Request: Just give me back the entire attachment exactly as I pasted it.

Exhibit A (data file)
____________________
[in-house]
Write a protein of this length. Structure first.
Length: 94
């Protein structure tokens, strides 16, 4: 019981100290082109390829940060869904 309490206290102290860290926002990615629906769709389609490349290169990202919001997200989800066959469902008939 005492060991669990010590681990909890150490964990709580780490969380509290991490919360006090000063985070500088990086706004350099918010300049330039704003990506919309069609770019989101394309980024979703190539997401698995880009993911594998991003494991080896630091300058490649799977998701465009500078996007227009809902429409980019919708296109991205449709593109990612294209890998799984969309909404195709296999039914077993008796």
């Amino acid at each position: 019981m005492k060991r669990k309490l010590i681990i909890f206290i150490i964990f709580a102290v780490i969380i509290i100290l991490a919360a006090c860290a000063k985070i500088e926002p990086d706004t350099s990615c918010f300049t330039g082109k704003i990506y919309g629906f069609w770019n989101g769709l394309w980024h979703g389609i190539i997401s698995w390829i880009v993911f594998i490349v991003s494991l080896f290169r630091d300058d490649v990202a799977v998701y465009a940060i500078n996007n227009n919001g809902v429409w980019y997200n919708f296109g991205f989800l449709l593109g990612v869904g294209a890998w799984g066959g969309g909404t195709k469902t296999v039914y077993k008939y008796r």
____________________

[in-house]
Write a protein of this length. Structure first.
Length: 94
């Protein structure tokens, strides 16, 4: 019981100290082109390829940060869904 309490206290102290860290926002990615629906769709389609490349290169990202919001997200989800066959469902008939 005492060991669990010590681990909890150490964990709580780490969380509290991490919360006090000063985070500088990086706004350099918010300049330039704003990506919309069609770019989101394309980024979703190539997401698995880009993911594998991003494991080896630091300058490649799977998701465009500078996007227009809902429409980019919708296109991205449709593109990612294209890998799984969309909404195709296999039914077993008796």
């Amino acid at each position: 019981m005492k060991r669990k309490l010590i681990i909890f206290i150490i964990f709580a102290v780490i969380i509290i100290l991490a919360a006090c860290a000063k985070i500088e926002p990086d706004t350099s990615c918010f300049t330039g082109k704003i990506y919309g629906f069609w770019n989101g769709l394309w980024h979703g389609i190539i997401s698995w390829i880009v993911f594998i490349v991003s494991l080896f290169r630091d300058d490649v990202a799977v998701y465009a940060i500078n996007n227009n919001g809902v429409w980019y997200n919708f296109g991205f989800l449709l593109g990612v869904g294209a890998w799984g066959g969309g909404t195709k469902t296999v039914y077993k008939y008796r």